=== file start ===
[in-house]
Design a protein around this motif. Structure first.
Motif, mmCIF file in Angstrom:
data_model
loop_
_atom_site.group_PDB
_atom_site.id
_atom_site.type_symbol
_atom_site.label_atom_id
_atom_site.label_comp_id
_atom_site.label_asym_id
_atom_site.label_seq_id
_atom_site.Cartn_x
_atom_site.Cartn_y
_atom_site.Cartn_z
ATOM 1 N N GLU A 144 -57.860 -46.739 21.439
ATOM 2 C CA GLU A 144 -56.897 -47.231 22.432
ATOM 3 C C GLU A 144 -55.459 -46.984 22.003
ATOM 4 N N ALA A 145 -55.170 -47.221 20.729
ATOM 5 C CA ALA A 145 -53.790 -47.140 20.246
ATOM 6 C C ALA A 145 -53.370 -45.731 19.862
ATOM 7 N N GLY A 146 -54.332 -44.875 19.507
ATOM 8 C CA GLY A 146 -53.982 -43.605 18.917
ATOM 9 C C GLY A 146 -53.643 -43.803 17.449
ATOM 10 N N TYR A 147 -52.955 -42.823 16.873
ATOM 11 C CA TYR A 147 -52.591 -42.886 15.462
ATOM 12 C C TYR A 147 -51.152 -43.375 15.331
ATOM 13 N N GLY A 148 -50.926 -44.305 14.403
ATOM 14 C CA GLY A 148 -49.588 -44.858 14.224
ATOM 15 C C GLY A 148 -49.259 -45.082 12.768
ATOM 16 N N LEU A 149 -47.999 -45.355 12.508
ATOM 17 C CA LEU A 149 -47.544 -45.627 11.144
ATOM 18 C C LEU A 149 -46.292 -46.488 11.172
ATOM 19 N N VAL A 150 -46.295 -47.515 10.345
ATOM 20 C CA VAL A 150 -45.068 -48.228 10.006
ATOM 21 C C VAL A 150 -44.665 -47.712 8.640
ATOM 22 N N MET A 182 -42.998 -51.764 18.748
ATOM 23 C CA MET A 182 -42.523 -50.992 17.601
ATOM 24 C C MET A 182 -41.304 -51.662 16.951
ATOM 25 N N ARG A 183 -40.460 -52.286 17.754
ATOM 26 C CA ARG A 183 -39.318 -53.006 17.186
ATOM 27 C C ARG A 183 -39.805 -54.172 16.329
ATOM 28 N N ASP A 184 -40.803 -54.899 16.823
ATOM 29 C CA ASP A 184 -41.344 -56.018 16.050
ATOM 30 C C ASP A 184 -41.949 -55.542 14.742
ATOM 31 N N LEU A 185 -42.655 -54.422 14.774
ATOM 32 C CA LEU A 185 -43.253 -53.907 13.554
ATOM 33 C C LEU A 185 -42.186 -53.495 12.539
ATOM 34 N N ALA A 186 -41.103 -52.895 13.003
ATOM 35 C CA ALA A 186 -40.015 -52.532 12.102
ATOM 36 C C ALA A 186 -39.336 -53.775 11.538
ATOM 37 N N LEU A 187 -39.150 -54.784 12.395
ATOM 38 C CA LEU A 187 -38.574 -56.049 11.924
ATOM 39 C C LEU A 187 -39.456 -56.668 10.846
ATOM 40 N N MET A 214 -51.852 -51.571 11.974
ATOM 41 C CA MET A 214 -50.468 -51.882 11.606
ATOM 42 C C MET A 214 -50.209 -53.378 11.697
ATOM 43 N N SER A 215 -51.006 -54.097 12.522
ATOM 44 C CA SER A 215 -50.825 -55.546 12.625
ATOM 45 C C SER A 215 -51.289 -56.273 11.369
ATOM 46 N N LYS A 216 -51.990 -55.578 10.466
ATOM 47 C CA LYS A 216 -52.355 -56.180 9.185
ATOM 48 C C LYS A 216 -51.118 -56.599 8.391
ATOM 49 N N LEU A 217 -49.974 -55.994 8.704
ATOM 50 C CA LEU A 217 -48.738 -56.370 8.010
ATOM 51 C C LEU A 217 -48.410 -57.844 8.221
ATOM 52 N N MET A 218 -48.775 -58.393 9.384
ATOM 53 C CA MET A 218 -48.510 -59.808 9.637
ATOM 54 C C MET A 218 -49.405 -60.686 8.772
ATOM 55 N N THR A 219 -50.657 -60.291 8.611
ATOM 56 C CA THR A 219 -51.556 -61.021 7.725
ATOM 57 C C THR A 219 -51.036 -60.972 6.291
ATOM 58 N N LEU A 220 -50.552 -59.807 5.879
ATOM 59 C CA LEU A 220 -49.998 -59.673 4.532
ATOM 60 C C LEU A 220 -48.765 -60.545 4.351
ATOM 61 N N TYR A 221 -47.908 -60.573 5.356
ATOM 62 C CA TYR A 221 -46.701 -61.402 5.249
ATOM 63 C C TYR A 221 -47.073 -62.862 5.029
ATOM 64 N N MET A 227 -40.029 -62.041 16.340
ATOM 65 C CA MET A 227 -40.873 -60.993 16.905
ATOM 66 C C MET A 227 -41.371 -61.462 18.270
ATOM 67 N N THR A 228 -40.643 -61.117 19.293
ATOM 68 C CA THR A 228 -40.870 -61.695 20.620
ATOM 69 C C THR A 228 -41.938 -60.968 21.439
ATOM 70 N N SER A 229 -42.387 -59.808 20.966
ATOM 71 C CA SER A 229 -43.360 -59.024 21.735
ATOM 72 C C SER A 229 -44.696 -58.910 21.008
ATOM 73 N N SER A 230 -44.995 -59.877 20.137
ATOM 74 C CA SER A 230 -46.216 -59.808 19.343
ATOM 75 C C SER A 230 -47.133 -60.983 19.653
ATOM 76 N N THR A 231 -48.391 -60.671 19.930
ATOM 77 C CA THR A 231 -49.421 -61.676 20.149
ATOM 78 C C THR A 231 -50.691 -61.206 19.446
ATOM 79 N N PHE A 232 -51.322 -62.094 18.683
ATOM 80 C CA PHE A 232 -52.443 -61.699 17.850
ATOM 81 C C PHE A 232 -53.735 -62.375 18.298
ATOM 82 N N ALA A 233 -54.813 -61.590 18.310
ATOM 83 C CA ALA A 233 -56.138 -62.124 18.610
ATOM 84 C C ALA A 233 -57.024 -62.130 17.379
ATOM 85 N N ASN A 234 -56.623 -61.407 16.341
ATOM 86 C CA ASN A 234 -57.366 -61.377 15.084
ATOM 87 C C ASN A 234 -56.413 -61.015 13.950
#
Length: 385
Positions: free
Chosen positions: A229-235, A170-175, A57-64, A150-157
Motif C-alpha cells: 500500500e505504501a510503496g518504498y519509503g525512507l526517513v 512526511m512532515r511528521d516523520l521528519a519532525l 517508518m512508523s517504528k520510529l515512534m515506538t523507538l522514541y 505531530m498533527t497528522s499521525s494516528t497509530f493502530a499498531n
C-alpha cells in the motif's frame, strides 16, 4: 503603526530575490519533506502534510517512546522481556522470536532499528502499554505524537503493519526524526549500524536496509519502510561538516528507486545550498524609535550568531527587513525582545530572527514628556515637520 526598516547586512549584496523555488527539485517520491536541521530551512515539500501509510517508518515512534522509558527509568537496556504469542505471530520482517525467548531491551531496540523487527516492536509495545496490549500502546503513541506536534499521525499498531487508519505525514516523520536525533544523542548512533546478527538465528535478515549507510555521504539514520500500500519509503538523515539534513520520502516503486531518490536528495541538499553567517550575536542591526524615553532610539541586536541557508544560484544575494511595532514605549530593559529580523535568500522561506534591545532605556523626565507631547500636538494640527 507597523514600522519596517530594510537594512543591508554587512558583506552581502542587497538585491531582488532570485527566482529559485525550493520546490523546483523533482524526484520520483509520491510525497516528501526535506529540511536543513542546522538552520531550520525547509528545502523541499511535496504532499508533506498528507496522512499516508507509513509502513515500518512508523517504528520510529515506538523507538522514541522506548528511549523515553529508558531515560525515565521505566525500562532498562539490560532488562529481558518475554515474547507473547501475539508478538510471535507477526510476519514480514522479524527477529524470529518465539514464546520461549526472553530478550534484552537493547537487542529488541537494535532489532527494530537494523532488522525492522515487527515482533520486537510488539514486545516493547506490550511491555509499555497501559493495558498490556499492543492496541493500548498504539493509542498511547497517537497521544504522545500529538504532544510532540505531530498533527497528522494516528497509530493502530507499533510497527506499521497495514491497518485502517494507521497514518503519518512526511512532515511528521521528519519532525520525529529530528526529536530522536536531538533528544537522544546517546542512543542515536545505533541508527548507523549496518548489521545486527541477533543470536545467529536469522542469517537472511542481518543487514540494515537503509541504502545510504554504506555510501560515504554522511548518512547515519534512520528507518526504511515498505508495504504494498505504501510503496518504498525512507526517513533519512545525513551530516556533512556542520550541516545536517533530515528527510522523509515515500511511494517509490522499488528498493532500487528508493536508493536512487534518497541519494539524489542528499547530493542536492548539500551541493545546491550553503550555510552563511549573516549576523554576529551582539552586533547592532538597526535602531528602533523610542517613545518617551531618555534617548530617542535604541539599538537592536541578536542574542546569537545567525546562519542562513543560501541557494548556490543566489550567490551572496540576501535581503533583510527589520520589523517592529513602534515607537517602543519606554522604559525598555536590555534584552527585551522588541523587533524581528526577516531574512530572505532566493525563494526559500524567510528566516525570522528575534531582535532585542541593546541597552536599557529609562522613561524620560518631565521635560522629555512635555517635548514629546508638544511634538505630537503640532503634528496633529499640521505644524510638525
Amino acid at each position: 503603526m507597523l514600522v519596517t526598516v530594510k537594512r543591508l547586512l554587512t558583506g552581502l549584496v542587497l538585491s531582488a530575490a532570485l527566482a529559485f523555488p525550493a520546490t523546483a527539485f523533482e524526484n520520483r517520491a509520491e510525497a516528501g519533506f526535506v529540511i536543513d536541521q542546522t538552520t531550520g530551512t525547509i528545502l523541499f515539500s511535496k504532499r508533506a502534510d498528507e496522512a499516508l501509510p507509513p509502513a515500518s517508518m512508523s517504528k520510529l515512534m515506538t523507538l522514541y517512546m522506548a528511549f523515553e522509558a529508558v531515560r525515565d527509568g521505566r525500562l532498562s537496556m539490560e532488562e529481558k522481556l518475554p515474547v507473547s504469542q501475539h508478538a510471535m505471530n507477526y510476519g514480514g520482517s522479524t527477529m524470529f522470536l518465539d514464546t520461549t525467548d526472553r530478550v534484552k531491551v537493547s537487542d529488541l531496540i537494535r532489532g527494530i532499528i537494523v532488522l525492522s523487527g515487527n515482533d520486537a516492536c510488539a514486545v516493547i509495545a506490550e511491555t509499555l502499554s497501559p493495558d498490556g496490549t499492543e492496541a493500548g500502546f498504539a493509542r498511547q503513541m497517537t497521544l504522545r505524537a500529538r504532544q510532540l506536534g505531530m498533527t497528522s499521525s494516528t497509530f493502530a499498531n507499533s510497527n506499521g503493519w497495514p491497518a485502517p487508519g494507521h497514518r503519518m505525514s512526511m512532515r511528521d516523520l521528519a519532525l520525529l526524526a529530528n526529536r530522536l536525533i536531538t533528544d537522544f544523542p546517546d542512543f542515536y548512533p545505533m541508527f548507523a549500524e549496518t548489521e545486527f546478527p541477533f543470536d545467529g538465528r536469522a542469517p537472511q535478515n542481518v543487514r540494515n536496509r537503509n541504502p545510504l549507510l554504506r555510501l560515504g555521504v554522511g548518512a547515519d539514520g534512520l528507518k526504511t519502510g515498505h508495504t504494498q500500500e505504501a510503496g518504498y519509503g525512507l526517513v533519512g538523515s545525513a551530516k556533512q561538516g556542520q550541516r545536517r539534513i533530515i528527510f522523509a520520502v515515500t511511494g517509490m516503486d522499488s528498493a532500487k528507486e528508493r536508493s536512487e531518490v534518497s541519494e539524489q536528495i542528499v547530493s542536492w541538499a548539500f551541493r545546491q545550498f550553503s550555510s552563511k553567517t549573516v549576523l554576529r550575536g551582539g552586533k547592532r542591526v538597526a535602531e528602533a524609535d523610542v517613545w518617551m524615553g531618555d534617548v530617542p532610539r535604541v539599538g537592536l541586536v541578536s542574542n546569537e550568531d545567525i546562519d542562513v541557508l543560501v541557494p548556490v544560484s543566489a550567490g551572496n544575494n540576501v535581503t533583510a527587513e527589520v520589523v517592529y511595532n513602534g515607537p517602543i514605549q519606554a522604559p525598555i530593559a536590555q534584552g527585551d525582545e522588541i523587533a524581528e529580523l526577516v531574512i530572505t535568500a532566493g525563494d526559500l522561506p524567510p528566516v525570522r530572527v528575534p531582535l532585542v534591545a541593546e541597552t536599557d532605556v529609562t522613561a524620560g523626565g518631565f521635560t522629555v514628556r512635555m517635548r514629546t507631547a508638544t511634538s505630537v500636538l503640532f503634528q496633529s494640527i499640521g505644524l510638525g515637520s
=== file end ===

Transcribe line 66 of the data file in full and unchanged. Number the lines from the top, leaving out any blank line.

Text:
ATOM 51 C C LEU A 217 -48.410 -57.844 8.221